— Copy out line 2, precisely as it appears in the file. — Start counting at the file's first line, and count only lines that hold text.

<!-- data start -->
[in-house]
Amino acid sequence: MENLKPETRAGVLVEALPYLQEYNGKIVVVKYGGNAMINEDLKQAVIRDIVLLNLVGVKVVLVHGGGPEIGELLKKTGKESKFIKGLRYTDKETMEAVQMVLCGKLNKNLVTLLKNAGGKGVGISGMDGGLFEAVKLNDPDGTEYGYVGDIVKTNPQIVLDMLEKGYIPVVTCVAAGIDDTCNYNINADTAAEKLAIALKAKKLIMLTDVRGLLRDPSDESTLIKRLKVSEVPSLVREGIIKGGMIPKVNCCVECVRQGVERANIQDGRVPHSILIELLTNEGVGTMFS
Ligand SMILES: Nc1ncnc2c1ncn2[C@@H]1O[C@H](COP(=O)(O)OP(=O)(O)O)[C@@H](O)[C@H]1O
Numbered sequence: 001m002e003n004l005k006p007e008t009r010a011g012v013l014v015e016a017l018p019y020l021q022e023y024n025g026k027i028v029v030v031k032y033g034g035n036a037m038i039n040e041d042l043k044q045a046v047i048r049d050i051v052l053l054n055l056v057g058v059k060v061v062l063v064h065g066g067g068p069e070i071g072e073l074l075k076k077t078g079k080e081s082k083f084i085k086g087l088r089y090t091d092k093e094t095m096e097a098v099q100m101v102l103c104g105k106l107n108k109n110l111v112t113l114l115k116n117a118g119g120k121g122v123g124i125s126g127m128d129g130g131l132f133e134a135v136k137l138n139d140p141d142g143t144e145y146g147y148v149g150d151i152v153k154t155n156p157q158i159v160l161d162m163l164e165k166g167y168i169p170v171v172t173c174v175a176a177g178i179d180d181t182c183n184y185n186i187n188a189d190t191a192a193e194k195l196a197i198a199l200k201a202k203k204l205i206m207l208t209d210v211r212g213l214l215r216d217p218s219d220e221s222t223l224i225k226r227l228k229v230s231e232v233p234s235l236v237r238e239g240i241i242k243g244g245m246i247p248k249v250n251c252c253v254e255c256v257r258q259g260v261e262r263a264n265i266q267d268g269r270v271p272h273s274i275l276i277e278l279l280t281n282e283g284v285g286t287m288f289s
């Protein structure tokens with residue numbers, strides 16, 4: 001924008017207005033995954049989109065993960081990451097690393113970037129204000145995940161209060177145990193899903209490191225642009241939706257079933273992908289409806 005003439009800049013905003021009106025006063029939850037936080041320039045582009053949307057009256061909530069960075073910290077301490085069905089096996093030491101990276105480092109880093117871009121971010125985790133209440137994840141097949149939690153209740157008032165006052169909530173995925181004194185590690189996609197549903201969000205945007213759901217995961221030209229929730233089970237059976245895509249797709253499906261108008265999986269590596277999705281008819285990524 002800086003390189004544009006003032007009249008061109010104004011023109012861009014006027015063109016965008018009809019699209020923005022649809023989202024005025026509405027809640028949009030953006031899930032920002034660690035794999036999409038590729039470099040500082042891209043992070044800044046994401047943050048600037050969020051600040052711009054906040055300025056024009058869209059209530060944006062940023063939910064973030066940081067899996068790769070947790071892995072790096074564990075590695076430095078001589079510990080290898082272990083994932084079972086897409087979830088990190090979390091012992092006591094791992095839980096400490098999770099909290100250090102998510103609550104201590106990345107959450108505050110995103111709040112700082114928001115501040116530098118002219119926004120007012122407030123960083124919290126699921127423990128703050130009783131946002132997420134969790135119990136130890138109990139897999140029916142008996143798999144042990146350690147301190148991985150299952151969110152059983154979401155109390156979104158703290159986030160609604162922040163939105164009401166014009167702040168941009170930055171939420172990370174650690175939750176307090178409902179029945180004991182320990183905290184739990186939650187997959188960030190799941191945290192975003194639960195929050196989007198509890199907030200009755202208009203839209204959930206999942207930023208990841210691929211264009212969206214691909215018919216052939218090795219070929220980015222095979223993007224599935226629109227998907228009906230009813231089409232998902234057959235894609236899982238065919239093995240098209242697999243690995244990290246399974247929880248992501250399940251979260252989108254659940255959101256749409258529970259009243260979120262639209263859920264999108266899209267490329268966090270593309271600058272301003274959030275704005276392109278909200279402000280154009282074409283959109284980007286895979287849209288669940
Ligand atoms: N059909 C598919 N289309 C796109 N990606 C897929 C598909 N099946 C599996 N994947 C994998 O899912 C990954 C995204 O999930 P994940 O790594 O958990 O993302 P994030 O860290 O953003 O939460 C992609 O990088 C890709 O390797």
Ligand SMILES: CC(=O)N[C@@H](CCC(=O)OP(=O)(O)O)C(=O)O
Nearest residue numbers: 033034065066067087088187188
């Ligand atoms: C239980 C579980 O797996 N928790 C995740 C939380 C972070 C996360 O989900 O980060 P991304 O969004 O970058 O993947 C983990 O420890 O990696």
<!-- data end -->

Amino acid sequence: MENLKPETRAGVLVEALPYLQEYNGKIVVVKYGGNAMINEDLKQAVIRDIVLLNLVGVKVVLVHGGGPEIGELLKKTGKESKFIKGLRYTDKETMEAVQMVLCGKLNKNLVTLLKNAGGKGVGISGMDGGLFEAVKLNDPDGTEYGYVGDIVKTNPQIVLDMLEKGYIPVVTCVAAGIDDTCNYNINADTAAEKLAIALKAKKLIMLTDVRGLLRDPSDESTLIKRLKVSEVPSLVREGIIKGGMIPKVNCCVECVRQGVERANIQDGRVPHSILIELLTNEGVGTMFS